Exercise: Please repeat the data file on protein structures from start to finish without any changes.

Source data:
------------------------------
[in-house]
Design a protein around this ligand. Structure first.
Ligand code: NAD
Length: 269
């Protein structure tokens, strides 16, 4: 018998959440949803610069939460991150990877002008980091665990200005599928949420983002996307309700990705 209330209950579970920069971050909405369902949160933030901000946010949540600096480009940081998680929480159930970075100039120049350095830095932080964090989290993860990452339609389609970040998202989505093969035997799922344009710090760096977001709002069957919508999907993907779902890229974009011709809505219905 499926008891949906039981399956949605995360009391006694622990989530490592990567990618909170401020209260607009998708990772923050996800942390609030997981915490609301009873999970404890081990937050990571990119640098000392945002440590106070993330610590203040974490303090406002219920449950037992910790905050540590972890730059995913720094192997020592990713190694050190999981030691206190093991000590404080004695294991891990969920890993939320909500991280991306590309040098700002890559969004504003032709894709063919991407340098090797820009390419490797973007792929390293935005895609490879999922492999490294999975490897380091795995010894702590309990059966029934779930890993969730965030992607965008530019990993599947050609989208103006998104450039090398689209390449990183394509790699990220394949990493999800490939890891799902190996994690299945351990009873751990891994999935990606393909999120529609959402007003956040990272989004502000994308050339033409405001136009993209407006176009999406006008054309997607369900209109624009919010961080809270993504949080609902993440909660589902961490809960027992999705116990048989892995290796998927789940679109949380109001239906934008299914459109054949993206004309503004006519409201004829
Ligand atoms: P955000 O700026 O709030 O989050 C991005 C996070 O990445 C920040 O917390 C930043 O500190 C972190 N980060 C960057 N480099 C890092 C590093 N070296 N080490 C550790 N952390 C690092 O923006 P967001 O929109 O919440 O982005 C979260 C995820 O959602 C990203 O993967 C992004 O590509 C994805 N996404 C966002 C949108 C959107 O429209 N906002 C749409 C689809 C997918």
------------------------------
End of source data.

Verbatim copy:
[in-house]
Design a protein around this ligand. Structure first.
Ligand code: NAD
Length: 269
């Protein structure tokens, strides 16, 4: 018998959440949803610069939460991150990877002008980091665990200005599928949420983002996307309700990705 209330209950579970920069971050909405369902949160933030901000946010949540600096480009940081998680929480159930970075100039120049350095830095932080964090989290993860990452339609389609970040998202989505093969035997799922344009710090760096977001709002069957919508999907993907779902890229974009011709809505219905 499926008891949906039981399956949605995360009391006694622990989530490592990567990618909170401020209260607009998708990772923050996800942390609030997981915490609301009873999970404890081990937050990571990119640098000392945002440590106070993330610590203040974490303090406002219920449950037992910790905050540590972890730059995913720094192997020592990713190694050190999981030691206190093991000590404080004695294991891990969920890993939320909500991280991306590309040098700002890559969004504003032709894709063919991407340098090797820009390419490797973007792929390293935005895609490879999922492999490294999975490897380091795995010894702590309990059966029934779930890993969730965030992607965008530019990993599947050609989208103006998104450039090398689209390449990183394509790699990220394949990493999800490939890891799902190996994690299945351990009873751990891994999935990606393909999120529609959402007003956040990272989004502000994308050339033409405001136009993209407006176009999406006008054309997607369900209109624009919010961080809270993504949080609902993440909660589902961490809960027992999705116990048989892995290796998927789940679109949380109001239906934008299914459109054949993206004309503004006519409201004829
Ligand atoms: P955000 O700026 O709030 O989050 C991005 C996070 O990445 C920040 O917390 C930043 O500190 C972190 N980060 C960057 N480099 C890092 C590093 N070296 N080490 C550790 N952390 C690092 O923006 P967001 O929109 O919440 O982005 C979260 C995820 O959602 C990203 O993967 C992004 O590509 C994805 N996404 C966002 C949108 C959107 O429209 N906002 C749409 C689809 C997918």